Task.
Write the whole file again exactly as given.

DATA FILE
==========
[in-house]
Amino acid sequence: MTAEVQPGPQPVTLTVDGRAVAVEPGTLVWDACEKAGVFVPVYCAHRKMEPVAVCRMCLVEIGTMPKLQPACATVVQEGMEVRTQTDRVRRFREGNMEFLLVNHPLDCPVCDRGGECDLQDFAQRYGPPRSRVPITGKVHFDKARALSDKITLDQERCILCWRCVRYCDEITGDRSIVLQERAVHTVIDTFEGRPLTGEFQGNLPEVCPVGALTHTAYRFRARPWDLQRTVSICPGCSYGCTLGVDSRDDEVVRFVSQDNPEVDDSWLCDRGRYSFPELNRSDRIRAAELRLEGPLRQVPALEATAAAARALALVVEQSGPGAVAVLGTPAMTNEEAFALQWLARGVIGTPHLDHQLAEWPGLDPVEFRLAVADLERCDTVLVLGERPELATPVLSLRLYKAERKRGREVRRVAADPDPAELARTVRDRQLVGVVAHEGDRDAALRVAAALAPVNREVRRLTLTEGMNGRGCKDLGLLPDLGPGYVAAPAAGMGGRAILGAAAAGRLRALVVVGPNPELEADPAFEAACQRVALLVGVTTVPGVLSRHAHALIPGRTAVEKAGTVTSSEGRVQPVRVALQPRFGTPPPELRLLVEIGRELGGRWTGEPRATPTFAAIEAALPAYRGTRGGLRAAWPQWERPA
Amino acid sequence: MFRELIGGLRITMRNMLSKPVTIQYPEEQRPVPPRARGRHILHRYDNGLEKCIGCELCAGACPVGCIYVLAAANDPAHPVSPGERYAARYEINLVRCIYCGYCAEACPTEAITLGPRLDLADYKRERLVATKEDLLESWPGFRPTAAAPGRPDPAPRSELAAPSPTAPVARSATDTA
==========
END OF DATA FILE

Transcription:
[in-house]
Amino acid sequence: MTAEVQPGPQPVTLTVDGRAVAVEPGTLVWDACEKAGVFVPVYCAHRKMEPVAVCRMCLVEIGTMPKLQPACATVVQEGMEVRTQTDRVRRFREGNMEFLLVNHPLDCPVCDRGGECDLQDFAQRYGPPRSRVPITGKVHFDKARALSDKITLDQERCILCWRCVRYCDEITGDRSIVLQERAVHTVIDTFEGRPLTGEFQGNLPEVCPVGALTHTAYRFRARPWDLQRTVSICPGCSYGCTLGVDSRDDEVVRFVSQDNPEVDDSWLCDRGRYSFPELNRSDRIRAAELRLEGPLRQVPALEATAAAARALALVVEQSGPGAVAVLGTPAMTNEEAFALQWLARGVIGTPHLDHQLAEWPGLDPVEFRLAVADLERCDTVLVLGERPELATPVLSLRLYKAERKRGREVRRVAADPDPAELARTVRDRQLVGVVAHEGDRDAALRVAAALAPVNREVRRLTLTEGMNGRGCKDLGLLPDLGPGYVAAPAAGMGGRAILGAAAAGRLRALVVVGPNPELEADPAFEAACQRVALLVGVTTVPGVLSRHAHALIPGRTAVEKAGTVTSSEGRVQPVRVALQPRFGTPPPELRLLVEIGRELGGRWTGEPRATPTFAAIEAALPAYRGTRGGLRAAWPQWERPA
Amino acid sequence: MFRELIGGLRITMRNMLSKPVTIQYPEEQRPVPPRARGRHILHRYDNGLEKCIGCELCAGACPVGCIYVLAAANDPAHPVSPGERYAARYEINLVRCIYCGYCAEACPTEAITLGPRLDLADYKRERLVATKEDLLESWPGFRPTAAAPGRPDPAPRSELAAPSPTAPVARSATDTA